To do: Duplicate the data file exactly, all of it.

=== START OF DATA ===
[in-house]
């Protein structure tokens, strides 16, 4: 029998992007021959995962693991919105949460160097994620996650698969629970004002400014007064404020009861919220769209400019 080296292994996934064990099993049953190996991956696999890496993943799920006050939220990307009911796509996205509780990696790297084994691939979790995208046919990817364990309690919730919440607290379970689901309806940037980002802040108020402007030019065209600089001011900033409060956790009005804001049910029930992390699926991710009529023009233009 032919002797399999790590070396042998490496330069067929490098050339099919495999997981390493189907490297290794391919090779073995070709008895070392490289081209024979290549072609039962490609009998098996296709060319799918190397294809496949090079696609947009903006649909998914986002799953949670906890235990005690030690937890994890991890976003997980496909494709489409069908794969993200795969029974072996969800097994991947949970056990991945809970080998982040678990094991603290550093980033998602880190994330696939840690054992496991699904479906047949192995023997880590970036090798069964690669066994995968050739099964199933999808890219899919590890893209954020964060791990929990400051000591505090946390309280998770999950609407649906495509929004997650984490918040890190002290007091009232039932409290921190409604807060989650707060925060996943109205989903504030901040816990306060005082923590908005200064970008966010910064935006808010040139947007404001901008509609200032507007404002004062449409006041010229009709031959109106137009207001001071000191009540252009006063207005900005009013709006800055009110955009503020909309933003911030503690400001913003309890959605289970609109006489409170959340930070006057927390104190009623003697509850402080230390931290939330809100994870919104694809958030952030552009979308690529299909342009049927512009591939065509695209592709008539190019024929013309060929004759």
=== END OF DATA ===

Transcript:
[in-house]
């Protein structure tokens, strides 16, 4: 029998992007021959995962693991919105949460160097994620996650698969629970004002400014007064404020009861919220769209400019 080296292994996934064990099993049953190996991956696999890496993943799920006050939220990307009911796509996205509780990696790297084994691939979790995208046919990817364990309690919730919440607290379970689901309806940037980002802040108020402007030019065209600089001011900033409060956790009005804001049910029930992390699926991710009529023009233009 032919002797399999790590070396042998490496330069067929490098050339099919495999997981390493189907490297290794391919090779073995070709008895070392490289081209024979290549072609039962490609009998098996296709060319799918190397294809496949090079696609947009903006649909998914986002799953949670906890235990005690030690937890994890991890976003997980496909494709489409069908794969993200795969029974072996969800097994991947949970056990991945809970080998982040678990094991603290550093980033998602880190994330696939840690054992496991699904479906047949192995023997880590970036090798069964690669066994995968050739099964199933999808890219899919590890893209954020964060791990929990400051000591505090946390309280998770999950609407649906495509929004997650984490918040890190002290007091009232039932409290921190409604807060989650707060925060996943109205989903504030901040816990306060005082923590908005200064970008966010910064935006808010040139947007404001901008509609200032507007404002004062449409006041010229009709031959109106137009207001001071000191009540252009006063207005900005009013709006800055009110955009503020909309933003911030503690400001913003309890959605289970609109006489409170959340930070006057927390104190009623003697509850402080230390931290939330809100994870919104694809958030952030552009979308690529299909342009049927512009591939065509695209592709008539190019024929013309060929004759």